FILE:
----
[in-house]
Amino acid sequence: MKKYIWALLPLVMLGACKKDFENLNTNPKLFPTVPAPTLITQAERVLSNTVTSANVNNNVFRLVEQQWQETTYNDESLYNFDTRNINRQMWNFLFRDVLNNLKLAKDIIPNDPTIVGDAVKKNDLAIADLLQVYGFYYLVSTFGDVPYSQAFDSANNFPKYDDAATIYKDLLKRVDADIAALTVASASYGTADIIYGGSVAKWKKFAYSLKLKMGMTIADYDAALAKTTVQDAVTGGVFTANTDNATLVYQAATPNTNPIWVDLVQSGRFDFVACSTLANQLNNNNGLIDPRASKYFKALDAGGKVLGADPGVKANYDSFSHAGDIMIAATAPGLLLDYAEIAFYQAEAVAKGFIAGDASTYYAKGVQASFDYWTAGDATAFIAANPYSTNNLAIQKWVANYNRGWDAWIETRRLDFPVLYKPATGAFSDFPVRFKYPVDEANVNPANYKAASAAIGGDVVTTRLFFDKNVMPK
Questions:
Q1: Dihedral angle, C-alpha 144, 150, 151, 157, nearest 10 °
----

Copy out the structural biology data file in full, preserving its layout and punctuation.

[in-house]
Amino acid sequence: MKKYIWALLPLVMLGACKKDFENLNTNPKLFPTVPAPTLITQAERVLSNTVTSANVNNNVFRLVEQQWQETTYNDESLYNFDTRNINRQMWNFLFRDVLNNLKLAKDIIPNDPTIVGDAVKKNDLAIADLLQVYGFYYLVSTFGDVPYSQAFDSANNFPKYDDAATIYKDLLKRVDADIAALTVASASYGTADIIYGGSVAKWKKFAYSLKLKMGMTIADYDAALAKTTVQDAVTGGVFTANTDNATLVYQAATPNTNPIWVDLVQSGRFDFVACSTLANQLNNNNGLIDPRASKYFKALDAGGKVLGADPGVKANYDSFSHAGDIMIAATAPGLLLDYAEIAFYQAEAVAKGFIAGDASTYYAKGVQASFDYWTAGDATAFIAANPYSTNNLAIQKWVANYNRGWDAWIETRRLDFPVLYKPATGAFSDFPVRFKYPVDEANVNPANYKAASAAIGGDVVTTRLFFDKNVMPK
Questions:
Q1: Dihedral angle, C-alpha 144, 150, 151, 157, nearest 10 °